Then there really is no hope, Chicken Little was right -- the sky really is falling! The East Anglia University frauds really were right -- we all are going to broil if starvation from crop failures doesn't get us first. We'd better vote Democrat so Barack (if the name change was legal) or Barry (if it wasn't) can get us off hydrocarbons and onto solar, wind and taxing the rich to finance another stimulus to save us all. Oh, and one more thing -- since in Barry's (or Barack's) words we're no longer a Christian nation, he can convert us in the nick of time to a Muslim nation. The because Islam is the religion of peace and the Democrats have the answers to all of our problems, we won't have to think (it's really hard work anyway) about the absolutely hopeless situation Tom Whipple sees us in.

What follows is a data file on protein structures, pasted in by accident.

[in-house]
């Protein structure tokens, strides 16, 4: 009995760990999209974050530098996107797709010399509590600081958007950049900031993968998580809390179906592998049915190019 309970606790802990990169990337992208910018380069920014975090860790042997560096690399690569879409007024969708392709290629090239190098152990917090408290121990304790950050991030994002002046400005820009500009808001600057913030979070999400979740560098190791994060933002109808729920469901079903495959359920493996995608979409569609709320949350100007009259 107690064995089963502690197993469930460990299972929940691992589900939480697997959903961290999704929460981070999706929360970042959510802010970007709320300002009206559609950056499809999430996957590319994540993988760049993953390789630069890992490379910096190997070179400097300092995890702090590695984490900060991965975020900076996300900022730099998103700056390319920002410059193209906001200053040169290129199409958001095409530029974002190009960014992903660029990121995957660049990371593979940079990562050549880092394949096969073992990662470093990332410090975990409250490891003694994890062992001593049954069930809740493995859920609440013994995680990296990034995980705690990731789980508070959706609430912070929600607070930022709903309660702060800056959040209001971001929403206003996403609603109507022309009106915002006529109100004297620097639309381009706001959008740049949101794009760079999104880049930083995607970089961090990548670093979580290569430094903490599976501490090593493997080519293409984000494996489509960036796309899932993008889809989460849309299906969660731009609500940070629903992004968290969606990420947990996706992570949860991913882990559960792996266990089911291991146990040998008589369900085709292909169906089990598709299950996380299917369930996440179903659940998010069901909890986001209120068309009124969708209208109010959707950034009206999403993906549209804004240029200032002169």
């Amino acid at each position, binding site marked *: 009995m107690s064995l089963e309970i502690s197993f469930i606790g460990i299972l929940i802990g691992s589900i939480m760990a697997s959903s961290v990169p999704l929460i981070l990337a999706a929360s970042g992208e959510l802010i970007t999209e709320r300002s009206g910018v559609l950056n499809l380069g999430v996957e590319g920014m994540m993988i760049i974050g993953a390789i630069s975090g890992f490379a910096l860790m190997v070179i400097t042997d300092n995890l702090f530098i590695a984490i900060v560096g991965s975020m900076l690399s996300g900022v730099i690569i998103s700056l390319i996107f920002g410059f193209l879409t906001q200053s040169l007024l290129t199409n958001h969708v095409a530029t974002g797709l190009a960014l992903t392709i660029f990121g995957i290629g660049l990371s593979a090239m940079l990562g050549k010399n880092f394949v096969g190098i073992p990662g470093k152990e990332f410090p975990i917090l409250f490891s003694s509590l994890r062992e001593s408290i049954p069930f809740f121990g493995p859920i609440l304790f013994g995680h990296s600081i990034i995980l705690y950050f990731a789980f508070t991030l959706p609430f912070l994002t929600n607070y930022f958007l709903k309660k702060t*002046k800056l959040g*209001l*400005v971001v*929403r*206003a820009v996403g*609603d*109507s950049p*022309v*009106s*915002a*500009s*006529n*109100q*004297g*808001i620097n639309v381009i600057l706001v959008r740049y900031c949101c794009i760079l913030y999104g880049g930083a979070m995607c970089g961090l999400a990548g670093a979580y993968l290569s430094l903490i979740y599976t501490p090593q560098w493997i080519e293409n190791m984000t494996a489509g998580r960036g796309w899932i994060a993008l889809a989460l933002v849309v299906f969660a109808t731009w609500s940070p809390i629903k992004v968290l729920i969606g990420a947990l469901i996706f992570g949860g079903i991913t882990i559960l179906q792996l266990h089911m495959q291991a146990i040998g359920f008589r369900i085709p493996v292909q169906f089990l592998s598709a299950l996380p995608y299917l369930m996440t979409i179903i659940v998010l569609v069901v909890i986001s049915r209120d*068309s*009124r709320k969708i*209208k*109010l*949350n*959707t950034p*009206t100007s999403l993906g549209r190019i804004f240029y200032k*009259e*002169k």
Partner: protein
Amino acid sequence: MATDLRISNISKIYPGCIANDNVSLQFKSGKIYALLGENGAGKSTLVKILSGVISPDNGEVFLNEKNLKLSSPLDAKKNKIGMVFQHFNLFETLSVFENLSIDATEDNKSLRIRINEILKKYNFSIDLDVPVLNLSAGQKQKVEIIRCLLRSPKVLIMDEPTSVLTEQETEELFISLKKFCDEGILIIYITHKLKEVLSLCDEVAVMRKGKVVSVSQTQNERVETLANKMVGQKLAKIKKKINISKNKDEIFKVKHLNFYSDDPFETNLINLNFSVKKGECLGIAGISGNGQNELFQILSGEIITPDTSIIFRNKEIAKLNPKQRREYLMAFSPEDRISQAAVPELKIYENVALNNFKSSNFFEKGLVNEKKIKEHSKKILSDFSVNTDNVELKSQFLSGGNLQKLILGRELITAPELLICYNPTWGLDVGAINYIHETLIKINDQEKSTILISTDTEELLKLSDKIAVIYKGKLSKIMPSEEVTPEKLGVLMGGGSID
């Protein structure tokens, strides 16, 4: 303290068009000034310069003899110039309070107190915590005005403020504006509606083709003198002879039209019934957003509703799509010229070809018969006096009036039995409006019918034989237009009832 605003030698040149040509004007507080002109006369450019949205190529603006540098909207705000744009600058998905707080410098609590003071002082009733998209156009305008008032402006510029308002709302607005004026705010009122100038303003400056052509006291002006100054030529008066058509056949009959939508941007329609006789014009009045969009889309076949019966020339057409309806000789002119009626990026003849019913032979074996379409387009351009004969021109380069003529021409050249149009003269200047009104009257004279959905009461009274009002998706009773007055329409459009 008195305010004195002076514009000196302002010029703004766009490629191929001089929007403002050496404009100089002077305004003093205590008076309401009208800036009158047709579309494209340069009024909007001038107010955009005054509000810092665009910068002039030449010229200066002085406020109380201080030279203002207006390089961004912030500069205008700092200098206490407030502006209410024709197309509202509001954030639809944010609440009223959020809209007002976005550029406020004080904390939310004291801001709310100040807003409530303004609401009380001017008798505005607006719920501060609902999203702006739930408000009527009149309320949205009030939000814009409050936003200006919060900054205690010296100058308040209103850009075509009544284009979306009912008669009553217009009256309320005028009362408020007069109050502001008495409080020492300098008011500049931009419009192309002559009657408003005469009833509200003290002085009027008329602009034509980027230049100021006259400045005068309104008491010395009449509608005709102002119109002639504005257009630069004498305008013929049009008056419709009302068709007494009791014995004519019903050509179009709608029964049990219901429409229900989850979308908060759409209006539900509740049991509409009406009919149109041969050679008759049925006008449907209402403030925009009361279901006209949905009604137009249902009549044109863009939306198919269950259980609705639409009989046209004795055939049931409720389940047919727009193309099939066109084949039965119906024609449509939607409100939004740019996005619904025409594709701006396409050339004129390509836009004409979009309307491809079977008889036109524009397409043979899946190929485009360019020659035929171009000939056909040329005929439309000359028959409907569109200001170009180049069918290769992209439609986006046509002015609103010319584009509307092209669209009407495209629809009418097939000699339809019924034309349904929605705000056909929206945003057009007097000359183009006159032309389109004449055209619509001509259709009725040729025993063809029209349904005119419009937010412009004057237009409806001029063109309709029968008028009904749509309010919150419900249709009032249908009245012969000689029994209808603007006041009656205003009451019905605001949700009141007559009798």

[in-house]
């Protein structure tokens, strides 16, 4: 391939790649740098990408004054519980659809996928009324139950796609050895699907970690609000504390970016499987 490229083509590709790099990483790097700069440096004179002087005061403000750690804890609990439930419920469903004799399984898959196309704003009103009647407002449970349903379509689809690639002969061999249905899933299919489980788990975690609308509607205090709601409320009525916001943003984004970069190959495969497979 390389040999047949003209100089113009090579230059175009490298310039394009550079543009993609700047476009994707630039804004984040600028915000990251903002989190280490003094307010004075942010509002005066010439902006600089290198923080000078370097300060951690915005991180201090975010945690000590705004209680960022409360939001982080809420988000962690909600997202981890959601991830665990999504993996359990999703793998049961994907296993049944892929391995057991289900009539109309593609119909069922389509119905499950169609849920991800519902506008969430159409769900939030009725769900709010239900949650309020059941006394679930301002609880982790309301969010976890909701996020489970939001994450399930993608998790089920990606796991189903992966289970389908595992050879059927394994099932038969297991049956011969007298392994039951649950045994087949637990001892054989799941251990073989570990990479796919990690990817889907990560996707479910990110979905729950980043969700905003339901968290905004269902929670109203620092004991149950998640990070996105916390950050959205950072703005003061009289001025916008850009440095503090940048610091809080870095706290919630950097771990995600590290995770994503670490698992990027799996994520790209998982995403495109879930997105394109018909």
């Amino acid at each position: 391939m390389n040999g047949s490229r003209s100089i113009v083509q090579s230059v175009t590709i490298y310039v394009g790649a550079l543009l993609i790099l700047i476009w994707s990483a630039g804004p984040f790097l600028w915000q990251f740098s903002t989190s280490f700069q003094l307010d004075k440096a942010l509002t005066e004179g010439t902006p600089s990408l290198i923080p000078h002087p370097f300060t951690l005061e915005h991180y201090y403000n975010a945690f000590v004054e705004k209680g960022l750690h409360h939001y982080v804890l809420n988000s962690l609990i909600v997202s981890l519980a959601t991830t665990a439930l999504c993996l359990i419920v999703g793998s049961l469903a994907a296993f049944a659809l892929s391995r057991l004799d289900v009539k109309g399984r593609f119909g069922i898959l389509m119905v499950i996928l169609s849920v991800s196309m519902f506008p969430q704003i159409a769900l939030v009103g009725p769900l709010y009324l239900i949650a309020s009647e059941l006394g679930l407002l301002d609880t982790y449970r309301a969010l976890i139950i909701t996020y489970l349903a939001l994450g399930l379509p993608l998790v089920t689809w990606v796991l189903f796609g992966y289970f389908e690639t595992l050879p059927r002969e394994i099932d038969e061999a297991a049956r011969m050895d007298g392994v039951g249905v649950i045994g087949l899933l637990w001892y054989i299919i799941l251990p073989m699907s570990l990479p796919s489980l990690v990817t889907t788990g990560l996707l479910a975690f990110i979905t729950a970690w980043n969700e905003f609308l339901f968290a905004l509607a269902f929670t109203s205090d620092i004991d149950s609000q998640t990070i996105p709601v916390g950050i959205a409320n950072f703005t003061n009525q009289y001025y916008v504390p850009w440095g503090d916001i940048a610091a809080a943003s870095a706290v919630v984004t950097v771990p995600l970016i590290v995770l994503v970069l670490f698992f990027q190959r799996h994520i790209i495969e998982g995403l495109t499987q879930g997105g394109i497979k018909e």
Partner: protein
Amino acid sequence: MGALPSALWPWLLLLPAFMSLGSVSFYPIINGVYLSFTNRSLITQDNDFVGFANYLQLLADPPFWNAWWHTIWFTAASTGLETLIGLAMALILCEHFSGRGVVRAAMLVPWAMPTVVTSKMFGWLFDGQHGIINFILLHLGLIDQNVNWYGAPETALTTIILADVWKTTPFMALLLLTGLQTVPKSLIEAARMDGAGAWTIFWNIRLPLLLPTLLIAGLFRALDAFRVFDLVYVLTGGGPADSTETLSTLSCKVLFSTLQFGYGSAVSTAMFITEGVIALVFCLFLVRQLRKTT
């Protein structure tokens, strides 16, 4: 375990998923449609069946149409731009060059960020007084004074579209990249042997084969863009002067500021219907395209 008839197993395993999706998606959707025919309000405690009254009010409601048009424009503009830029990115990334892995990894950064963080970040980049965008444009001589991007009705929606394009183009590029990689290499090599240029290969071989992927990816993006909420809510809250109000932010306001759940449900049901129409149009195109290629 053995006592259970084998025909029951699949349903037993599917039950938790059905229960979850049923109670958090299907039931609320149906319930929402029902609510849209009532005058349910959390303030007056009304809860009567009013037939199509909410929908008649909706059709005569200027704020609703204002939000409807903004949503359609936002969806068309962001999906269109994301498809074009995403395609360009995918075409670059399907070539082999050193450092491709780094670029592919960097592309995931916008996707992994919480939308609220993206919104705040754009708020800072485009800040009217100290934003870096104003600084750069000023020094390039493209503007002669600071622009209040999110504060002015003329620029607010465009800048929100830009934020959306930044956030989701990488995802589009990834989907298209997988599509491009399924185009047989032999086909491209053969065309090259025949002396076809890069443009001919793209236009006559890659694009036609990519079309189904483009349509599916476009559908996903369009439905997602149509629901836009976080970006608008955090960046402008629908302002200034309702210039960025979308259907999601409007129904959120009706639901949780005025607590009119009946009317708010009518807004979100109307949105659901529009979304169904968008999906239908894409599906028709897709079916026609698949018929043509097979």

• Mel Tisdale on July 15 2012 said:
    SlavaBogu

    There are not, nor ever were, any acts of scientific fraud at The Universtity of East Anglia University. It is an awful thing to call someone who is doing their best to protect our collective futures. For the record, the whole email hacking saga, and the allegations stemming from same, has been thoroughly investigated by several separate high ranking committees and all involved have been exonerated on all counts. The only fault found was that they could have been more open in publishing their data. I suppose an apology would be too much to ask for.